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Re: [Gnumed-devel] proper English term needed for medication

From: Karsten Hilbert
Subject: Re: [Gnumed-devel] proper English term needed for medication
Date: Thu, 29 Oct 2009 09:37:56 +0100
User-agent: Mutt/1.5.20 (2009-06-14)

On Thu, Oct 29, 2009 at 01:07:04AM -0700, Jim Busser wrote:
> Subject: Re: [Gnumed-devel] proper English term needed for medication
> X-Mailer: Apple Mail (2.1076)
> On 2009-10-29, at 12:55 AM, Karsten Hilbert wrote:
> >So "regular medication" seems to fit the bill.
> Even for drugs used irregularly (episodically, and prn)?

That is the catch: While "Dauer" in German does not imply
anything about the actual regimen of intake it does imply
permanency of approval to ingest.


        seems to imply "regular*ly* taken"


        seems to imply "currently being taken"


        suffers from administration mix,
        "acute" meds can also need repeat prescriptions


        seems to carry too much diagnostic connotation


        I'll probably best use this in the backend for the column name
        as it nicely implies "expected to be taken for a long but rather
        indefinite duration"

        We can still try to find the best term (if possible)
        to use in the client.


        seems to imply too much finality


        seems in less common use than other terms

> Would the following exchange on another list help?


> >Jim Busser wrote: To me, current medications would consist of:
> >>
> >>- short-term
> >>- ongoing
> >
> >Reply: This is very important - prescribing errors from EMRs
> >(because of the ease of prescribing) have been identified as an
> >issue. There has been recent discussion on the XXXXXX UserGroup
> >list about this and how best to handle it. A doc from the UK, now
> >practicing in Canada reminded us: "Represcribing medication in an
> >EMR is dangerously easy - the UK experience is that adverse events
> >occur when acute and repeat medications are mixed up by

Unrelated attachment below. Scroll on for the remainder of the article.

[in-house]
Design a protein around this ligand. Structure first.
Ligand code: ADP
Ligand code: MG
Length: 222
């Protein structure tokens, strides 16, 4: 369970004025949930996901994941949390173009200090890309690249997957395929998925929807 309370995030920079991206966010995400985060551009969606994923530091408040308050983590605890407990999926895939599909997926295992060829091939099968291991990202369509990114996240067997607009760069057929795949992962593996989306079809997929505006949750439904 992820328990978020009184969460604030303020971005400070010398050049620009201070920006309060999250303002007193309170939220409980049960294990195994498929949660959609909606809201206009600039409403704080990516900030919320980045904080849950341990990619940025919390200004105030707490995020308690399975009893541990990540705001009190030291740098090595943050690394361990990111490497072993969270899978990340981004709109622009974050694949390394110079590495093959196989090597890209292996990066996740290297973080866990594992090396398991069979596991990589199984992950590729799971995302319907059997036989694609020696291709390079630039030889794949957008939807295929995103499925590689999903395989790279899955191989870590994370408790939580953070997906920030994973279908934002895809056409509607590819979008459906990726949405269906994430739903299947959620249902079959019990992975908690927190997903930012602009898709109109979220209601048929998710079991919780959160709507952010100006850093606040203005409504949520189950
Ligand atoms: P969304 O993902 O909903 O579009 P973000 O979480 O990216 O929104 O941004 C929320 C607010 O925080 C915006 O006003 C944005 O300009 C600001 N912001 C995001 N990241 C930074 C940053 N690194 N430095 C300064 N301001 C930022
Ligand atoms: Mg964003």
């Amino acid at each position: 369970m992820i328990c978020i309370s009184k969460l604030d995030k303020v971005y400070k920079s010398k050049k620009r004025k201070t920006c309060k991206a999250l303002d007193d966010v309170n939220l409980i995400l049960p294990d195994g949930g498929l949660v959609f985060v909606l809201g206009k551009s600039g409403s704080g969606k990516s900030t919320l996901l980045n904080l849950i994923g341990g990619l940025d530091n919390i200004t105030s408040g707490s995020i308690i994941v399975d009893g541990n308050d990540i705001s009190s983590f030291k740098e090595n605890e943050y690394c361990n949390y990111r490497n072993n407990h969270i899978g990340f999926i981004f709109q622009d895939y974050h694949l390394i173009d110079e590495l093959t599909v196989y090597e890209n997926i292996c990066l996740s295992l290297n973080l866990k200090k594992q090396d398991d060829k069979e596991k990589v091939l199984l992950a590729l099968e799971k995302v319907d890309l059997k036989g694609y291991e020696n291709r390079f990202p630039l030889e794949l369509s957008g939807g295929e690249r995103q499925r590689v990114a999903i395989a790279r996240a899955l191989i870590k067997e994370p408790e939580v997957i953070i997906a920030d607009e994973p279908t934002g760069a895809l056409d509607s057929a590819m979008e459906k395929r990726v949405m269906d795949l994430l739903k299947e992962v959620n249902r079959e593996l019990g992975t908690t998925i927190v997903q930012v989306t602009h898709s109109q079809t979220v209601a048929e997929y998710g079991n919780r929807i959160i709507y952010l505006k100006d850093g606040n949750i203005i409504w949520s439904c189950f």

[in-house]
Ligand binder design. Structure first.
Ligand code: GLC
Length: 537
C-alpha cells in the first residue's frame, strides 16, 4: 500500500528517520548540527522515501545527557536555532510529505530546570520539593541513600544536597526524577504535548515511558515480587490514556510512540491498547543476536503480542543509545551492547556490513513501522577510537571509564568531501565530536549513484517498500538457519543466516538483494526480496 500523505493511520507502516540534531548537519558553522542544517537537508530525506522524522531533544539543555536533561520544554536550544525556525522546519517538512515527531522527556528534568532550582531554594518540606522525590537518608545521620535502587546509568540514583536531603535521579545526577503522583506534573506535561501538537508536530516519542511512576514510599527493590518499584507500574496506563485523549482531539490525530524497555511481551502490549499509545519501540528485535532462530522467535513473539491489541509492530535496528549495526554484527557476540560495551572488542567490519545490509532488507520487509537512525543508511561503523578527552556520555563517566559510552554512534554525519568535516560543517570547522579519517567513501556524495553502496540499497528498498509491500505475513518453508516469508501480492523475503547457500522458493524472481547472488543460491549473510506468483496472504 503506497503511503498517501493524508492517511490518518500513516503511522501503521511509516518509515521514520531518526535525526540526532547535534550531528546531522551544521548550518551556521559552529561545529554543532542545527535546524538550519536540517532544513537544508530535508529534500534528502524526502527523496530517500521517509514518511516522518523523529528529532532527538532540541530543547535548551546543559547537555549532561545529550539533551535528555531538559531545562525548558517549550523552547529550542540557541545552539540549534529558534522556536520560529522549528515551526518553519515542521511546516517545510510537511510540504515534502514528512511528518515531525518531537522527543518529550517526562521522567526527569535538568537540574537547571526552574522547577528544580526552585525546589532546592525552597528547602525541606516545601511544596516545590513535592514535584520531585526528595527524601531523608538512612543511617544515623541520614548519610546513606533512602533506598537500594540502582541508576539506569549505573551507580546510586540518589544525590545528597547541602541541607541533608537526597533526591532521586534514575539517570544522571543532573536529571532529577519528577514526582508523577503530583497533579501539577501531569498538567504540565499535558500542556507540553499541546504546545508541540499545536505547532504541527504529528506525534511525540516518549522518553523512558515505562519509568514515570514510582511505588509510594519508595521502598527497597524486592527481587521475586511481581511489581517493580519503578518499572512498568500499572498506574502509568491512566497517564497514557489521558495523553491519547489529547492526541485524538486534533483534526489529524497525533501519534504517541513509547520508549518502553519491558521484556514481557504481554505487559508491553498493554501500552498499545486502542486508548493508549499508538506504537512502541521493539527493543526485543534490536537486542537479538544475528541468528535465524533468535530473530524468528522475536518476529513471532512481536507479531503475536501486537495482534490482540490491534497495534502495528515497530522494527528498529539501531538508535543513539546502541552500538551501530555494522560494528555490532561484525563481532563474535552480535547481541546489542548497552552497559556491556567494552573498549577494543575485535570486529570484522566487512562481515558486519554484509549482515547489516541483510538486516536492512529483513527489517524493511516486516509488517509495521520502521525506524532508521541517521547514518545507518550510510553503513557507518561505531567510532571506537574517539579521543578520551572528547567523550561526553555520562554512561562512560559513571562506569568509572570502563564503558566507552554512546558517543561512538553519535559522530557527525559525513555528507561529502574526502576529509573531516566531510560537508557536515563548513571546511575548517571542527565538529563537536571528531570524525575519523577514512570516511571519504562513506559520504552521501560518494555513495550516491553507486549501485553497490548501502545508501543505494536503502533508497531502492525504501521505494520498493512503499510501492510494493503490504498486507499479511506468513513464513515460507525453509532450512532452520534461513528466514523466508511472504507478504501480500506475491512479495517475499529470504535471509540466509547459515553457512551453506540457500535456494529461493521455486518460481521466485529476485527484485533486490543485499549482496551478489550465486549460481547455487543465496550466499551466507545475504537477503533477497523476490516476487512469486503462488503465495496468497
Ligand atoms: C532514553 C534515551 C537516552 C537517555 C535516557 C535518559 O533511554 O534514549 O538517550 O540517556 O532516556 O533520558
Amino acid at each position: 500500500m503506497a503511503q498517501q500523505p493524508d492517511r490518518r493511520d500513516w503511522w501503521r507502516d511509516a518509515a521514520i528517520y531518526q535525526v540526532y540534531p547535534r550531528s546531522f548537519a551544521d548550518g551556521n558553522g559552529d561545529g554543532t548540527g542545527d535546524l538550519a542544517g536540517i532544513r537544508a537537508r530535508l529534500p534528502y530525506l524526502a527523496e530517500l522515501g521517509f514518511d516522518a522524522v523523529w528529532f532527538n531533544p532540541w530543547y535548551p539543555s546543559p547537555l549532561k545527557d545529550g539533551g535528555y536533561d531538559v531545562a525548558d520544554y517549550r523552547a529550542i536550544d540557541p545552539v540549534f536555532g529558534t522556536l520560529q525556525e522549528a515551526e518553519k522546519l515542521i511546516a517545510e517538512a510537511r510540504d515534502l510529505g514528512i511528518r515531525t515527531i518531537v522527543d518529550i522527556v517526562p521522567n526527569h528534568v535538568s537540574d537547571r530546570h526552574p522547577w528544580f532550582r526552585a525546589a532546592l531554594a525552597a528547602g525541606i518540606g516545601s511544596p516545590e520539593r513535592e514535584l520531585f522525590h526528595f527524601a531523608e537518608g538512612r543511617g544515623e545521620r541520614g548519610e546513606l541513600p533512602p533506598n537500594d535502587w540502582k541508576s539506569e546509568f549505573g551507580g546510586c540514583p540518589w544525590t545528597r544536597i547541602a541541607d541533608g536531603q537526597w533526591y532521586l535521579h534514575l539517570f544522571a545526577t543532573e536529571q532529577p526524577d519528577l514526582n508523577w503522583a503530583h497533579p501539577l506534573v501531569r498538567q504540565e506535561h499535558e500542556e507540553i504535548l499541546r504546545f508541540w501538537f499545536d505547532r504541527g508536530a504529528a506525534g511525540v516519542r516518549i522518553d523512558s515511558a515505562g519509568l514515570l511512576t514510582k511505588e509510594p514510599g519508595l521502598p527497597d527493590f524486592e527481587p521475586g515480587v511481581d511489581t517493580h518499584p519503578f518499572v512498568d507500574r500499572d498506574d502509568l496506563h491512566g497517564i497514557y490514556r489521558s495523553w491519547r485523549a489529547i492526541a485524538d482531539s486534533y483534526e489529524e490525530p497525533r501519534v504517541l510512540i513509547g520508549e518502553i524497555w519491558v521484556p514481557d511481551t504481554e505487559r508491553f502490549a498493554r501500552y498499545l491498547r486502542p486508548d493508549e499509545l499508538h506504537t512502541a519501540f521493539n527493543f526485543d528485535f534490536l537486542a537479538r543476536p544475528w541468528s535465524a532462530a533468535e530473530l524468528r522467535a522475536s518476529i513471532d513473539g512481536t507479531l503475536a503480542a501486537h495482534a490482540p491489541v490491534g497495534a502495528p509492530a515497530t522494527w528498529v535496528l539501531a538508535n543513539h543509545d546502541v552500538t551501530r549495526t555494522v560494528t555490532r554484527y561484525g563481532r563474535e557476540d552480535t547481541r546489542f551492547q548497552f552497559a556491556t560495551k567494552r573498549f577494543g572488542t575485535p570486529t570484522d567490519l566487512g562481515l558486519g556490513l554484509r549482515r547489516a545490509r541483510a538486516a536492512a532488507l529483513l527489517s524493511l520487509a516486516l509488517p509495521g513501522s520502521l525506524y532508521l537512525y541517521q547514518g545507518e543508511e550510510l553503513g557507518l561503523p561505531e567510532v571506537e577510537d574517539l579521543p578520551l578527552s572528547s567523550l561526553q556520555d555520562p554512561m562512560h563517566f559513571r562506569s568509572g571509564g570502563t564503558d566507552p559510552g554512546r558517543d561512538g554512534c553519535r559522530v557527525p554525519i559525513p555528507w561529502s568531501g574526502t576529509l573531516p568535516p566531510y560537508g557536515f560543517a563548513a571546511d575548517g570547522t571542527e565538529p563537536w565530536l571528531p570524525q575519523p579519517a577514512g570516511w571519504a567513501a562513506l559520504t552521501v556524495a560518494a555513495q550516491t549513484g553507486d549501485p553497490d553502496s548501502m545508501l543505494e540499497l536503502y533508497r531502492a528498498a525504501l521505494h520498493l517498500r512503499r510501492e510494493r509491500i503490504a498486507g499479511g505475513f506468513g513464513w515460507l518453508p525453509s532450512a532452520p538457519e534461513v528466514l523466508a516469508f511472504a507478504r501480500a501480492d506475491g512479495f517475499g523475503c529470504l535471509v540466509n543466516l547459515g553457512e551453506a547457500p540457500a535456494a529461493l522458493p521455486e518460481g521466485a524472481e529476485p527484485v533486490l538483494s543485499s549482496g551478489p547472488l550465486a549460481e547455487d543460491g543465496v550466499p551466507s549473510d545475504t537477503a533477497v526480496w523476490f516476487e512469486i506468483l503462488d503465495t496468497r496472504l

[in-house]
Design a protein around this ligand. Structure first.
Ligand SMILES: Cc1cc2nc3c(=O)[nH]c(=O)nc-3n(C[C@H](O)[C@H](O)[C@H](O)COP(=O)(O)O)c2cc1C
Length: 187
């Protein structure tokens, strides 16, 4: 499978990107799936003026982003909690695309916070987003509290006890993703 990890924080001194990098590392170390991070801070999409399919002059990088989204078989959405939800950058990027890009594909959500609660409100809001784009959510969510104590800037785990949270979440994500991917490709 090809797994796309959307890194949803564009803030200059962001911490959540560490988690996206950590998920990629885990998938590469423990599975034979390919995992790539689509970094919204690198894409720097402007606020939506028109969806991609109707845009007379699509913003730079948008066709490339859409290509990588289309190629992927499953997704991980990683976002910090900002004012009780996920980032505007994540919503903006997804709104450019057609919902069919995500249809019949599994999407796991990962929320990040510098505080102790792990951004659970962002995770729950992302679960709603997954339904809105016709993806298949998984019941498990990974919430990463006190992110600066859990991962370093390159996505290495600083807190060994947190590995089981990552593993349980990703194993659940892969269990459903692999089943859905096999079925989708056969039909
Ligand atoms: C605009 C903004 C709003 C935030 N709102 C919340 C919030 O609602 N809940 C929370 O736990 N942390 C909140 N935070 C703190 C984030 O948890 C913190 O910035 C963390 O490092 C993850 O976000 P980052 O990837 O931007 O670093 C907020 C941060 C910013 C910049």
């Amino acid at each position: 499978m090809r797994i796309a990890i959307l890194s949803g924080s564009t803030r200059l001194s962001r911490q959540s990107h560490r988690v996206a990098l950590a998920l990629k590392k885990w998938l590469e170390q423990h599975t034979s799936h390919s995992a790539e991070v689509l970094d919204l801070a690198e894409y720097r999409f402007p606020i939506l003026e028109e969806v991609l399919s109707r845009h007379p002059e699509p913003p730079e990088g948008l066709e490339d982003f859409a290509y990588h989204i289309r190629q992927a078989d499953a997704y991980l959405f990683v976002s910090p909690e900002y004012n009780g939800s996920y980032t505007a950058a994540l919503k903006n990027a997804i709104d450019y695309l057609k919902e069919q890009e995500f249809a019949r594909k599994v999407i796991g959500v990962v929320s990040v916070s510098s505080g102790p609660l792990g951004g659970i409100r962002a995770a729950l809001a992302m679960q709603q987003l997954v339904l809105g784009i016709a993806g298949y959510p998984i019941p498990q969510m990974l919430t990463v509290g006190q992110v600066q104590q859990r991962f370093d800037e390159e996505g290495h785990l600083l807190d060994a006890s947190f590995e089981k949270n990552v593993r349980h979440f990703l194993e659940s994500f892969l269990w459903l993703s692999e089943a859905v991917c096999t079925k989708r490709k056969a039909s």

> >prescribers."
> >
> >Acute and Repeats are the 2 terms I am most comfortable with

Hm, "repeat" starts to mix administrative with clinical
matters. I have provided my Grandma with a prescription for
600 tablets of levodopa for which she'll probably never need
a repeat (prescription) - but it's surely expected to be a
lifelong medication ;-)

"acute" suffers from the problem stated below.

> >(could be persuaded of others, probably). The problem with
> >'ongoing' is that it does not distinguish clearly an ongoing acute
> >med from and ongoing repeat (chronic) med.  (I don't think
> >'chronic' works either.)

+1 !

> Well, the problem with "Acute" is that the condition may persist
> beyond the original supply dispensed, so you could end up with an
> "Acute" which had become a "Repeat" (of an Acute).

+1 !

So, how about long-term ?

> If (at the next visit) a further supply would be needed, the
> medication would still be intended as a short-term medication, while
> the prescription as envisioned in the reply would presumably be kept
> "Acute" as in -- maybe -- "another Acute prescription?
> Working from a medication list, and prescribing from it, would
> obviate the need to classify the *prescription*. Working from a
> medication list might also afford a coherent base from which to
> work, since you could maintain (in such a list) the substances that
> are being taken, despite that they are being prescribed by doctors
> outside your EMR (say, by outside specialists) *plus* those taken by
> the patient without prescription (OTC and alternative medicines).
> That is the approach, at least, being tried in this other EMR.

Yep, that's what we do :-)

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